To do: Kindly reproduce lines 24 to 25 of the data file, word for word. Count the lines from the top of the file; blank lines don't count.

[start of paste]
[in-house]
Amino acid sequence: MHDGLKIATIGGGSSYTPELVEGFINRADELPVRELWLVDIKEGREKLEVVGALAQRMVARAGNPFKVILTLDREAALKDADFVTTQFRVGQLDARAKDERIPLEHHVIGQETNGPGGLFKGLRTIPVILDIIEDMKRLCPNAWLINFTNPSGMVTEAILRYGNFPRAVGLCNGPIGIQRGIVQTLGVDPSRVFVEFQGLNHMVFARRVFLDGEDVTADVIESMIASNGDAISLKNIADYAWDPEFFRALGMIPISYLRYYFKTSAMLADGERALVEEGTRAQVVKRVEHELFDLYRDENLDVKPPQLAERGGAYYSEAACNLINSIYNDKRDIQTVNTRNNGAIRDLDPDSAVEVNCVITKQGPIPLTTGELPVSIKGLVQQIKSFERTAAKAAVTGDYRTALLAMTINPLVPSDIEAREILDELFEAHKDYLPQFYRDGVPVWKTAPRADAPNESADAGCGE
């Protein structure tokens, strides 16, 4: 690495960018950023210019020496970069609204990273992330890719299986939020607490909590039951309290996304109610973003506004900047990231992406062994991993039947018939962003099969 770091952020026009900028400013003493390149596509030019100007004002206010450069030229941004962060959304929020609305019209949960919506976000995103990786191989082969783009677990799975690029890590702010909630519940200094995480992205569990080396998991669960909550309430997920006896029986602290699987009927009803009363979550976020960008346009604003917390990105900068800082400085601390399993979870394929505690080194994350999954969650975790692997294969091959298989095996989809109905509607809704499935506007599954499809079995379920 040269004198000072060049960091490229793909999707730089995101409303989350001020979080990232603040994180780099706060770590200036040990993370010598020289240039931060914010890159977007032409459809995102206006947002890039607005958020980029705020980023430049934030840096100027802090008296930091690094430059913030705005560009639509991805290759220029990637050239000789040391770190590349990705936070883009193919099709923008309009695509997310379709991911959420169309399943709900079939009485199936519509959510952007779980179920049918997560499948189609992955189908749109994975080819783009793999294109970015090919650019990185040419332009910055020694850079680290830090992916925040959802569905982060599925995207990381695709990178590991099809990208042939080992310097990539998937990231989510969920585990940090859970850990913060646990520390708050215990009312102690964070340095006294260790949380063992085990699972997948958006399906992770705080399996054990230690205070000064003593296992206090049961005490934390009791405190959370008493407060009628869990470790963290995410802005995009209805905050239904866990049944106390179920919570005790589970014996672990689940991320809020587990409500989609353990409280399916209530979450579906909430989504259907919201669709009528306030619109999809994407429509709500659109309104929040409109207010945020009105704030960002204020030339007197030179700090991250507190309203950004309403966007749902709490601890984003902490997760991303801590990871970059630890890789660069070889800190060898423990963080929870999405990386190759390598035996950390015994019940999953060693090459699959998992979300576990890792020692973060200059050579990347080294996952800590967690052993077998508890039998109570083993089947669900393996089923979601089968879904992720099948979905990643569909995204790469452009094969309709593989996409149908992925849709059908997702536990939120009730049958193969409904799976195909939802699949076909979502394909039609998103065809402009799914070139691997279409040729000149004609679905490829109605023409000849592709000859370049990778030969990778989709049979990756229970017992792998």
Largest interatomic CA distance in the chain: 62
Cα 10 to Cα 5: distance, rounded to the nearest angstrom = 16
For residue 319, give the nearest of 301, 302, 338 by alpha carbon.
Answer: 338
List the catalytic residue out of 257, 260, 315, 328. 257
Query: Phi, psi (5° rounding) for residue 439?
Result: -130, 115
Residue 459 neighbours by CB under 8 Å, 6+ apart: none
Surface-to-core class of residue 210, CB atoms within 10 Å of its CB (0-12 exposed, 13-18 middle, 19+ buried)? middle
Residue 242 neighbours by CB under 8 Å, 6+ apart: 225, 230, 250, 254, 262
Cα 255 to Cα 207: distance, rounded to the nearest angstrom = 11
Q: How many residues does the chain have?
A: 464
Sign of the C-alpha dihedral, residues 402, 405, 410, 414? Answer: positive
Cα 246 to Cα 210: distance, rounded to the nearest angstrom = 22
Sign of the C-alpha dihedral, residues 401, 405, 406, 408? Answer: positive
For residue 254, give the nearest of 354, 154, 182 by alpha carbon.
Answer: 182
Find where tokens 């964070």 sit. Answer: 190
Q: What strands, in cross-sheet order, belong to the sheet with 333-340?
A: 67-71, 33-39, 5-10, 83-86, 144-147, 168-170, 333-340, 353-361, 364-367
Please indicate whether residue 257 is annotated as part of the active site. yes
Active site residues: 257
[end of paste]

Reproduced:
A: 67-71, 33-39, 5-10, 83-86, 144-147, 168-170, 333-340, 353-361, 364-367
Please indicate whether residue 257 is annotated as part of the active site. yes